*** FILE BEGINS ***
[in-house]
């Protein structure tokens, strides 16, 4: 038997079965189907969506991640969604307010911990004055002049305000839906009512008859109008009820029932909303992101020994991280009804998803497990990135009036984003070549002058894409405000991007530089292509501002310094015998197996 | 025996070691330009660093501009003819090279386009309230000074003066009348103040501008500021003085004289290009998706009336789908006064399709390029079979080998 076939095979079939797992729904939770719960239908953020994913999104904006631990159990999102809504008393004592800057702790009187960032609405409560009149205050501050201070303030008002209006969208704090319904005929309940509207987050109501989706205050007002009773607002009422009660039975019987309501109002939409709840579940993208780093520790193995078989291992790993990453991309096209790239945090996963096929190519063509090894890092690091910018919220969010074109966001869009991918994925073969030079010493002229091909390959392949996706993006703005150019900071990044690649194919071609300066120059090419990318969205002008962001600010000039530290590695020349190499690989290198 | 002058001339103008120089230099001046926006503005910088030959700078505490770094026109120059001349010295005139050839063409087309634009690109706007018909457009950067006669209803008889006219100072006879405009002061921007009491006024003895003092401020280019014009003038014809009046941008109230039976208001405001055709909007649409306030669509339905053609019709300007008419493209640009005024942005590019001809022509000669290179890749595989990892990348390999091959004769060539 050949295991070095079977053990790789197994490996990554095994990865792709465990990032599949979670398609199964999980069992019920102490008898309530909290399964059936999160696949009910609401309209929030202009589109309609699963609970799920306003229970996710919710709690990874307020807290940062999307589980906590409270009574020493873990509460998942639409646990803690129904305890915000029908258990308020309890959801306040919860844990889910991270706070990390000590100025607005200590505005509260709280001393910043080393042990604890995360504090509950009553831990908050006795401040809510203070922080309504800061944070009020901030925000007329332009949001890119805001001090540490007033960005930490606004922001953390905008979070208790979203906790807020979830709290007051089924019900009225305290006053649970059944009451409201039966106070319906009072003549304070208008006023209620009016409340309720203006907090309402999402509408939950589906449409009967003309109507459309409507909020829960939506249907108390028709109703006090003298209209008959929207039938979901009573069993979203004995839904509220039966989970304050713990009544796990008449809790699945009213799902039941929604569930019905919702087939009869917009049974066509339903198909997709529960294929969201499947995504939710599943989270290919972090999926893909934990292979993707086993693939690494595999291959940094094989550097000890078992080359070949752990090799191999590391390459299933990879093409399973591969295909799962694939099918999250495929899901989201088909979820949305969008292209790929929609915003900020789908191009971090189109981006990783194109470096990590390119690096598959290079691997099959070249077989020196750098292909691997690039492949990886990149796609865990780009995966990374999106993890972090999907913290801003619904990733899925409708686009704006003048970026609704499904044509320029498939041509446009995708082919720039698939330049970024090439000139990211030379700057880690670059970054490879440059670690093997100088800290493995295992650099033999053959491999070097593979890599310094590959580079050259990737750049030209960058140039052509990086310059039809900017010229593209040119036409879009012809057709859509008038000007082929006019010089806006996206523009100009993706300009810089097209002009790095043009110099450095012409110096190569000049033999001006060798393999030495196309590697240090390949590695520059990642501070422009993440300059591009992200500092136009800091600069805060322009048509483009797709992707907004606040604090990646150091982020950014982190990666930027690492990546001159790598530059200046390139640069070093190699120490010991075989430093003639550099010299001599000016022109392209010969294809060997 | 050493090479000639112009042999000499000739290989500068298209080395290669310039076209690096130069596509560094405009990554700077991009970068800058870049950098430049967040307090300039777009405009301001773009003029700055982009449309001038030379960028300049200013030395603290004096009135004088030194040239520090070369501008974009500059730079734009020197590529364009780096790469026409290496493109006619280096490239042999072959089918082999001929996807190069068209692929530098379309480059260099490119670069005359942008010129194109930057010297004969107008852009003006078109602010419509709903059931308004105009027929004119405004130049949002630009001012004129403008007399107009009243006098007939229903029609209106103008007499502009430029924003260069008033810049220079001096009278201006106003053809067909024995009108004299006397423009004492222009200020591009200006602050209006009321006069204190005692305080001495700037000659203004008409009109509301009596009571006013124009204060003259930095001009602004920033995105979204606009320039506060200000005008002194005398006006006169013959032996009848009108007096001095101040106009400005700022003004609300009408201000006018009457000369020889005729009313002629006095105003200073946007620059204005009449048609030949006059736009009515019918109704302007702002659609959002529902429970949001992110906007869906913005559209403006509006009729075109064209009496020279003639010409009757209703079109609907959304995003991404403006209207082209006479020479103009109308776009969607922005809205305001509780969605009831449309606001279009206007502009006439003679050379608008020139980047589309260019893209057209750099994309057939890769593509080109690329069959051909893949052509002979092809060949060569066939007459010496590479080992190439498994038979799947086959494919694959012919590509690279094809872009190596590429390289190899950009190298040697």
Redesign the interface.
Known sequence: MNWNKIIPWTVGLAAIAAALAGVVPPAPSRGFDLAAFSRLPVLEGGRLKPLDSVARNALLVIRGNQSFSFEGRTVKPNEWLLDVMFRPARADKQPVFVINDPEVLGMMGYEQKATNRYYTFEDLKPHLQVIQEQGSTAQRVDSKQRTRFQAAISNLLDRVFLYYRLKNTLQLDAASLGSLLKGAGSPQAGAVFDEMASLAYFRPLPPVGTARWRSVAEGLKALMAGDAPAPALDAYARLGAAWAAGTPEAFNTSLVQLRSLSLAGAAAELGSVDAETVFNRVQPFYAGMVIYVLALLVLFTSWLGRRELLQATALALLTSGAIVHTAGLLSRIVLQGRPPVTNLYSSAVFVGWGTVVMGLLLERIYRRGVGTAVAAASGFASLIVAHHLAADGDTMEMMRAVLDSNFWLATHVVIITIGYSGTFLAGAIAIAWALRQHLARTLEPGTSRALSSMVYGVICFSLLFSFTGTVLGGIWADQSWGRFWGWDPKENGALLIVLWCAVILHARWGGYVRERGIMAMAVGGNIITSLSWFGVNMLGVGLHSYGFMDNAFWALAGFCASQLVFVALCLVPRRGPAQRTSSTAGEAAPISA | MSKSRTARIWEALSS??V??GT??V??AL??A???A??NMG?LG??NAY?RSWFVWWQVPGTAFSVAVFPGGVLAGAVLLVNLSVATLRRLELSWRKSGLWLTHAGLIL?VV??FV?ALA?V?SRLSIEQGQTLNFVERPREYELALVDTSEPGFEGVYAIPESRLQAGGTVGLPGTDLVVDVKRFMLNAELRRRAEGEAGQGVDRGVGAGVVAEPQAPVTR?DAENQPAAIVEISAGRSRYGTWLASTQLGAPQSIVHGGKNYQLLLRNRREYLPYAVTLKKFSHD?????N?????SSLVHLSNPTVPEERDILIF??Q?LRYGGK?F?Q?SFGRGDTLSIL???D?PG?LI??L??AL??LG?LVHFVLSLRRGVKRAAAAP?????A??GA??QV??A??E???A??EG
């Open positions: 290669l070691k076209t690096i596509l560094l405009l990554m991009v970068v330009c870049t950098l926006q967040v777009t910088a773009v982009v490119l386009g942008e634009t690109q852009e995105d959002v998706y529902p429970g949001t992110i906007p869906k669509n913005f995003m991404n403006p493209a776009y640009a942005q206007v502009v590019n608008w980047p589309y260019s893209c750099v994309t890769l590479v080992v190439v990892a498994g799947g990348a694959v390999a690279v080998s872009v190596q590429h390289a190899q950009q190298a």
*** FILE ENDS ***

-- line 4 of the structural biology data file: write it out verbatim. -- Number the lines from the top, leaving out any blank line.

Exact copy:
Known sequence: MNWNKIIPWTVGLAAIAAALAGVVPPAPSRGFDLAAFSRLPVLEGGRLKPLDSVARNALLVIRGNQSFSFEGRTVKPNEWLLDVMFRPARADKQPVFVINDPEVLGMMGYEQKATNRYYTFEDLKPHLQVIQEQGSTAQRVDSKQRTRFQAAISNLLDRVFLYYRLKNTLQLDAASLGSLLKGAGSPQAGAVFDEMASLAYFRPLPPVGTARWRSVAEGLKALMAGDAPAPALDAYARLGAAWAAGTPEAFNTSLVQLRSLSLAGAAAELGSVDAETVFNRVQPFYAGMVIYVLALLVLFTSWLGRRELLQATALALLTSGAIVHTAGLLSRIVLQGRPPVTNLYSSAVFVGWGTVVMGLLLERIYRRGVGTAVAAASGFASLIVAHHLAADGDTMEMMRAVLDSNFWLATHVVIITIGYSGTFLAGAIAIAWALRQHLARTLEPGTSRALSSMVYGVICFSLLFSFTGTVLGGIWADQSWGRFWGWDPKENGALLIVLWCAVILHARWGGYVRERGIMAMAVGGNIITSLSWFGVNMLGVGLHSYGFMDNAFWALAGFCASQLVFVALCLVPRRGPAQRTSSTAGEAAPISA | MSKSRTARIWEALSS??V??GT??V??AL??A???A??NMG?LG??NAY?RSWFVWWQVPGTAFSVAVFPGGVLAGAVLLVNLSVATLRRLELSWRKSGLWLTHAGLIL?VV??FV?ALA?V?SRLSIEQGQTLNFVERPREYELALVDTSEPGFEGVYAIPESRLQAGGTVGLPGTDLVVDVKRFMLNAELRRRAEGEAGQGVDRGVGAGVVAEPQAPVTR?DAENQPAAIVEISAGRSRYGTWLASTQLGAPQSIVHGGKNYQLLLRNRREYLPYAVTLKKFSHD?????N?????SSLVHLSNPTVPEERDILIF??Q?LRYGGK?F?Q?SFGRGDTLSIL???D?PG?LI??L??AL??LG?LVHFVLSLRRGVKRAAAAP?????A??GA??QV??A??E???A??EG